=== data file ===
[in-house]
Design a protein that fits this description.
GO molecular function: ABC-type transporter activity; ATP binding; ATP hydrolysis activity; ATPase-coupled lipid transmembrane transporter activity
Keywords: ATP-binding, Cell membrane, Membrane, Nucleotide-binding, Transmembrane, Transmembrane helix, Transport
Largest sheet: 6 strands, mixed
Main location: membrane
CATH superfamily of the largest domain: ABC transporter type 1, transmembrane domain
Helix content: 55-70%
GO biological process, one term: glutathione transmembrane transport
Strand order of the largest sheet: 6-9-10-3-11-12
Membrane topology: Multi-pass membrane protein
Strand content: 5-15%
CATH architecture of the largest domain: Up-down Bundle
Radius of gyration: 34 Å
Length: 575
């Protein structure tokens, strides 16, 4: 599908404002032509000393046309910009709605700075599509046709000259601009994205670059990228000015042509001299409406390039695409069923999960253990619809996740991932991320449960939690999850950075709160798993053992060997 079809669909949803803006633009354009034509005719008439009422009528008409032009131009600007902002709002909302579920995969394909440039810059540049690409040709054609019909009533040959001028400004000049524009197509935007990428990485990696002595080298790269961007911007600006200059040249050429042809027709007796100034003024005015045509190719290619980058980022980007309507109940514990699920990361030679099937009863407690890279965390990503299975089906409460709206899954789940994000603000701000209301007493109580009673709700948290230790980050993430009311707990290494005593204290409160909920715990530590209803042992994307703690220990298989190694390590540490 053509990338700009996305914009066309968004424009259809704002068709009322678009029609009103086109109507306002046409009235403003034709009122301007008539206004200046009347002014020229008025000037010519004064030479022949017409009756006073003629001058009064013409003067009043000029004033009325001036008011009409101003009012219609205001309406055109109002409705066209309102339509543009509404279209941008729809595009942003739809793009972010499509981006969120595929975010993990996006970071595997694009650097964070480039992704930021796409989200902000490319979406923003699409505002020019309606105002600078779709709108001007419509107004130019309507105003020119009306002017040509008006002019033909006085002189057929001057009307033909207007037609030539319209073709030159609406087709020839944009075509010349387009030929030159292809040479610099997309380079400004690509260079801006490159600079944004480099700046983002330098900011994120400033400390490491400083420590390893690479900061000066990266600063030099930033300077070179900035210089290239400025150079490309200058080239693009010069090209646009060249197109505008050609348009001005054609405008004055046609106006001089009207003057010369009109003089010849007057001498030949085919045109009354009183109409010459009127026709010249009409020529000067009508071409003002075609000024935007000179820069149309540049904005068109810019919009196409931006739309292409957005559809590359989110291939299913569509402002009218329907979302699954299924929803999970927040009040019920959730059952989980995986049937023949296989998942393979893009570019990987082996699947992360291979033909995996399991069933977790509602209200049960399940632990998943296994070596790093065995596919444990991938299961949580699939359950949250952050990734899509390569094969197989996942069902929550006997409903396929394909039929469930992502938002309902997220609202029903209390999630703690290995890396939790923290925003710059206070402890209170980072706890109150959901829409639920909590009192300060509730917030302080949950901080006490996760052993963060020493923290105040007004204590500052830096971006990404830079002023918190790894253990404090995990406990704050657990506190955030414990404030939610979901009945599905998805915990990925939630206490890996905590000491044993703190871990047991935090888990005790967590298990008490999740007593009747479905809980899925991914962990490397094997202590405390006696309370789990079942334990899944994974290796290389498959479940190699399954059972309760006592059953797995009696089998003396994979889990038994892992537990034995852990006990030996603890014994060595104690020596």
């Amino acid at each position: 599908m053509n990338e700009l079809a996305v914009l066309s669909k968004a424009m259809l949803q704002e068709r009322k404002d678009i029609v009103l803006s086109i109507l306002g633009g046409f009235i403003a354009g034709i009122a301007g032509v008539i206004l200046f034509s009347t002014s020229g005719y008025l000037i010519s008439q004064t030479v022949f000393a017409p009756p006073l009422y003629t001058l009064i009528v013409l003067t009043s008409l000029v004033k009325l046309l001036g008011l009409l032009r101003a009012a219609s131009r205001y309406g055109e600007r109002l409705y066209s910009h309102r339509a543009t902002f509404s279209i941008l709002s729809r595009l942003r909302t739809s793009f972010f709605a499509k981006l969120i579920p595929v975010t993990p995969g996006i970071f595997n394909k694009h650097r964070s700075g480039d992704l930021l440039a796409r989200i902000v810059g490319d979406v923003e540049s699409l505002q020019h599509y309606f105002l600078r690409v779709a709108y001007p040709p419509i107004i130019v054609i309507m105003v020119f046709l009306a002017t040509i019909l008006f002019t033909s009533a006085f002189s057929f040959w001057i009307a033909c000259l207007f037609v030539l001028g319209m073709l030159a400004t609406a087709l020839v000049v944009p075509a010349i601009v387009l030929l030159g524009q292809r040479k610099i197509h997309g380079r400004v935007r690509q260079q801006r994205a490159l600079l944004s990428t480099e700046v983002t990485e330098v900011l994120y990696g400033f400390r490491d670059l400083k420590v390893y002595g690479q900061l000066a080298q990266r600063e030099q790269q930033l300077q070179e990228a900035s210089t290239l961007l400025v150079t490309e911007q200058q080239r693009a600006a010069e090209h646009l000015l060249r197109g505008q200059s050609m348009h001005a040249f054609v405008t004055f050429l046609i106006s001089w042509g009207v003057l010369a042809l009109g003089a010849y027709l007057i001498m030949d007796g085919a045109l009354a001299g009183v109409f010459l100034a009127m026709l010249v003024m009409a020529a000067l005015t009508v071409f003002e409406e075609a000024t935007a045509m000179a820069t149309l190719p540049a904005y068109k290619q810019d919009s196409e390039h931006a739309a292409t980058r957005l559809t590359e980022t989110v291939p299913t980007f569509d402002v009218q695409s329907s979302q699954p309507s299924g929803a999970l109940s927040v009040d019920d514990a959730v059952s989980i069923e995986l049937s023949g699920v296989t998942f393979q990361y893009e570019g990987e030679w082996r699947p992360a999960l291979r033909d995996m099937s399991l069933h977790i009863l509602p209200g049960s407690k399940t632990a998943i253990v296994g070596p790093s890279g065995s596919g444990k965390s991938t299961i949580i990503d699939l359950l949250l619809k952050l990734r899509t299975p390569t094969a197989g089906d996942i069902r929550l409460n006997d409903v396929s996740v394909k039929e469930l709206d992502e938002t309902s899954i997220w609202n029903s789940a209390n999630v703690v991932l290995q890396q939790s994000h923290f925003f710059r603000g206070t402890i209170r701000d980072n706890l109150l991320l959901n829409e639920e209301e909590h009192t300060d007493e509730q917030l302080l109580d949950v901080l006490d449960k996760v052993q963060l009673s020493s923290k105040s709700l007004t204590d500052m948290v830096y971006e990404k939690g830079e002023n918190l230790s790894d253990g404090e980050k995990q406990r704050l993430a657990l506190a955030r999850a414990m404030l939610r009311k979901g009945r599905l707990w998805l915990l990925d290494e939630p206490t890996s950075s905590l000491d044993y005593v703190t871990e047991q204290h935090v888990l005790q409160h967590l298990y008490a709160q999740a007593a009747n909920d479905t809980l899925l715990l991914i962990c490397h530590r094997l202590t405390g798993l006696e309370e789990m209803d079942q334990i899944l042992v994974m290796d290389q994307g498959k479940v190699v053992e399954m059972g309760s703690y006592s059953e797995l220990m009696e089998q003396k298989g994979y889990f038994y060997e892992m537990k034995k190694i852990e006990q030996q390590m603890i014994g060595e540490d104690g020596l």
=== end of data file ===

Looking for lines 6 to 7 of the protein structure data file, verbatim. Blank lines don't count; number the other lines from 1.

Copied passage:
Main location: membrane
CATH superfamily of the largest domain: ABC transporter type 1, transmembrane domain